BF Classified: 1990 Volkswagen Vanagon

Location: Coos Bay, Oregon
Mileage: Unknown
Title Status: Clean

Seller’s Description: It’s a beautiful van, but it’s not running. Motor turns over, sputters, and pops but won’t start. I took the camshaft timing belt off to install a new water pump and haven’t been able to get the belt back on the camshaft, and driveshaft pulleys correctly (I’m no mechanic).

The OEM, notoriously unreliable VW “water-boxer” engine has been replaced with a Subaru EJ 2.2 liter, 4 cylinder “boxer” with overhead intake and exhaust valve timing cams. The EJ 2.2 is a “non-interference” motor (

“Non-interference” means that even if the camshaft timing belt is out of position that does NOT cause the intake or exhaust valve push rods to interfere with the piston stroke, and therefore does NOT cause damage to the engine.

But it’s my inability to reinstall the timing belt correctly that’s causing the engine not to start and run. So if you can’t fix it on the spot where it is, then bring a trailer with a winch.

The 1990’s Subaru “boxer” engine is mounted in a Kennedy Engineering Products (“KEP”) ( conversion frame and accessories. The Subaru engine is superior (in-service life, fuel economy, output torque and H.P.) to the OEM VW “water-boxer”

The 4-speed manual gearbox and 2wd transaxle is a BENCO rebuild that cost $2,650. (

The gearbox is wedded to the Subaru engine with a “Small Car” ( conversion housing.

The Subaru engine is not the only upgrade. This van was a passenger van when it left the German factory. I bought it in February of 2020 and began to convert it to a camper by removing the rear bench seat and replacing it with a 2/3 folding bench/bed and mattress taken from a 1980 VW Westfalia pop-top camper, along with all the closets, bins, tables, and kitchen furniture and appliances (including the Westfalia countertop sink, two-burner propane cooktop and a Dometic propane / 110 a.c. refrigerator).

The Westfalia propane tank and lines are not included. I don’t know if the Dometic refrigerator works; it was only marginally useful when new and is now far past its “useful” life. I haven’t plumbed it or wired it because I always planned to replace it.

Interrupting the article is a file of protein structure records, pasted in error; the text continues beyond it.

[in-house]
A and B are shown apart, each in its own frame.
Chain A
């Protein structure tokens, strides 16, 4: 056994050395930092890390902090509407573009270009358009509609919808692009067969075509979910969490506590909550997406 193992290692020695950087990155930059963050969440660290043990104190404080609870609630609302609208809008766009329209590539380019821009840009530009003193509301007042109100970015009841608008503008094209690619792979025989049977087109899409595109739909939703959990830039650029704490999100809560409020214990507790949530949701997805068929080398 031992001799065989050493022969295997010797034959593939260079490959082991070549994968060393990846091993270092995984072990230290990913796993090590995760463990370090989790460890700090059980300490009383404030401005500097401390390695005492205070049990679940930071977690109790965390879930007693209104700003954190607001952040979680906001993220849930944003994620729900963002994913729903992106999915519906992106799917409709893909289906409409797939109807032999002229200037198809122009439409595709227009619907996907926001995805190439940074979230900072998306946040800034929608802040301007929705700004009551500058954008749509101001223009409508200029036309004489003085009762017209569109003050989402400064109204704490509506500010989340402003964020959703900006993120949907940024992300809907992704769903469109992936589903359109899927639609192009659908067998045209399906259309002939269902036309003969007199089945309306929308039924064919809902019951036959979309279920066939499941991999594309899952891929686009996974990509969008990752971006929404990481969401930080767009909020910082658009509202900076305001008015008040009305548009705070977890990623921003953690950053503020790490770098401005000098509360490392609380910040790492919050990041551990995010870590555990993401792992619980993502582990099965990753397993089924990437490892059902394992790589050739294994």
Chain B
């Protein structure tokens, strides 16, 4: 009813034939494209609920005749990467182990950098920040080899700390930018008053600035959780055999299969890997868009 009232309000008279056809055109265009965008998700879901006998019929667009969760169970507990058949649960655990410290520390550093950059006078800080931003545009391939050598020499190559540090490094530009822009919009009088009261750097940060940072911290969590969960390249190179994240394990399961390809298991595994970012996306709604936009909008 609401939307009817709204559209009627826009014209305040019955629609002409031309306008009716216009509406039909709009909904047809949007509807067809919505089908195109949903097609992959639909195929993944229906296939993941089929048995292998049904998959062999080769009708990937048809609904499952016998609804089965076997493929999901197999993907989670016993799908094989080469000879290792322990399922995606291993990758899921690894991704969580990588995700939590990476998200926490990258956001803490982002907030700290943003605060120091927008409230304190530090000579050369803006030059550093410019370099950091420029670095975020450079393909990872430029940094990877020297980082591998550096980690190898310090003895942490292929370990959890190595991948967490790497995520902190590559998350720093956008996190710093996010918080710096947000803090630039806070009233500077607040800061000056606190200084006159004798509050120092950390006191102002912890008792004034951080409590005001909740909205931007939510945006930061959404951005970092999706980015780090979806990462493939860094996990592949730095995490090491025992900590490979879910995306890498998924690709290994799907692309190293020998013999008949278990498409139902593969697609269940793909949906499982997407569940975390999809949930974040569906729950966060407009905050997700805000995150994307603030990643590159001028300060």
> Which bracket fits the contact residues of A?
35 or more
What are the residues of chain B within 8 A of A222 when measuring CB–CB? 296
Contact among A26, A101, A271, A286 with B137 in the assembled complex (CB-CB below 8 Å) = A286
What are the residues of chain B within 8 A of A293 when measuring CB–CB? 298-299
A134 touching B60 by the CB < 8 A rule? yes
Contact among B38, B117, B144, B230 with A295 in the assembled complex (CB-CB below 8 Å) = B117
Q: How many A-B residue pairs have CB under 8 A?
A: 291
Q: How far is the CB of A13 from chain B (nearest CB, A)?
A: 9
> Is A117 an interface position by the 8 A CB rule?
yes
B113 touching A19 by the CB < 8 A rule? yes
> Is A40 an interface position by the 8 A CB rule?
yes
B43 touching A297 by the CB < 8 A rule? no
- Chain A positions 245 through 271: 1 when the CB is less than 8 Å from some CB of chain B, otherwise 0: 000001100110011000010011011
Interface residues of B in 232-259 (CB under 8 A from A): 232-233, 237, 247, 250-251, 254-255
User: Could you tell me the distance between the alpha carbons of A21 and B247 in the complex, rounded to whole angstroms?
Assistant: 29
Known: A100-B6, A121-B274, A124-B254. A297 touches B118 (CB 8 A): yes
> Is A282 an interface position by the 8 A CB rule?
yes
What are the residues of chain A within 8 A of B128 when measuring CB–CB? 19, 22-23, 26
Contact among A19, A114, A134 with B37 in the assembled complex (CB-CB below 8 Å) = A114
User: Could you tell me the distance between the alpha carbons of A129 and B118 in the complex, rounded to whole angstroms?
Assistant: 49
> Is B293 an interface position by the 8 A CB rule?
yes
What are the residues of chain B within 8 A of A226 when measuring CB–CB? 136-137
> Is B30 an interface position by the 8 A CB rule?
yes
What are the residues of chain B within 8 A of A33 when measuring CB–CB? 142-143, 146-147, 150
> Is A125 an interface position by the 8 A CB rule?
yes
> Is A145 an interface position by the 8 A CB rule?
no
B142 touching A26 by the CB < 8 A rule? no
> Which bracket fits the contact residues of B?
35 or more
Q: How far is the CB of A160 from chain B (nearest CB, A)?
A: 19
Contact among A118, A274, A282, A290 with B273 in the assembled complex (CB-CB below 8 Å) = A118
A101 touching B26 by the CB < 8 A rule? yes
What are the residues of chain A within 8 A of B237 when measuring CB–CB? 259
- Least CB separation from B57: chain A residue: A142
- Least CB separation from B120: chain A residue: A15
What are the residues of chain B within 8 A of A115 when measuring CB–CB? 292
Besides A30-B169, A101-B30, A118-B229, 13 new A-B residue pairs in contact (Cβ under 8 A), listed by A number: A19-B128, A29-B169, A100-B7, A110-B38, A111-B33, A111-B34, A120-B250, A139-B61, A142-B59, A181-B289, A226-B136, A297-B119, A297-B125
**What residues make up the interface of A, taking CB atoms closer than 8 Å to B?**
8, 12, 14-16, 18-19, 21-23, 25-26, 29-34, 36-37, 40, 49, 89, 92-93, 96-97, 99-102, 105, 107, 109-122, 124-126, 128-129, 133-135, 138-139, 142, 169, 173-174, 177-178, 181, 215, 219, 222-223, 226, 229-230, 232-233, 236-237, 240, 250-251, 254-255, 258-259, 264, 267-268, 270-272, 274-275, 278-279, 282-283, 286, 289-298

The Westfalia polyethylene water tank is included but remains uninstalled, as does the DC camper wiring. A 110 amp AC 3 prong “shore power” hook-up box is mounted on the exterior and wired to a two-socket plug box inside the living area.

Maintenance and upgrades done since buying the van are:

•BENCO rebuilt 4-speed manual transmission and 2 wd transaxle,
•new Bosch radiator,
• new thermostatic switch for the electric radiator fan,
•new genuine Subaru coolant pump,
•new genuine Subaru thermostat,
•new aftermarket coolant temperature sensor,
•new GoWesty aluminum coolant expansion tank (,
•new coolant hoses,
•new aftermarket timing belt, (subject to the above-mentioned issue),
•Two new GoWesty steel bumpers,
• Two new GoWesty LED side marker lamps,
•A GoWesty high-mounted LED brake light
• An uninstalled GoWesty replacement antenna.
•A new Evil Energy stainless steel straight-thru muffler (

The van is fitted with four wide tread Audi alloy wheels.

The exterior paint is a combination of the original burgundy and a respray of metallic bronze. There are body and paint issues (chips, dents, some Bondo, and two paint runs).

There is no significant rust. There is a rust bubble adjacent to the windshield gasket, a tiny area at the bottom of the sliding door track, and a pinpoint on the passenger rear fender.

The horn, fuel gauge, speedometer, odometer, and tachometer don’t work. The last time the engine was run the coolant temperature gauge worked, as did the oil pressure and alternator idiot lights. The copper foil circuitry in the instrument panel in these vans fails often. A modern printed circuit upgrade ( is usually available on eBay for just over $200. GoWesty sells a fix for the horn for a pittance.

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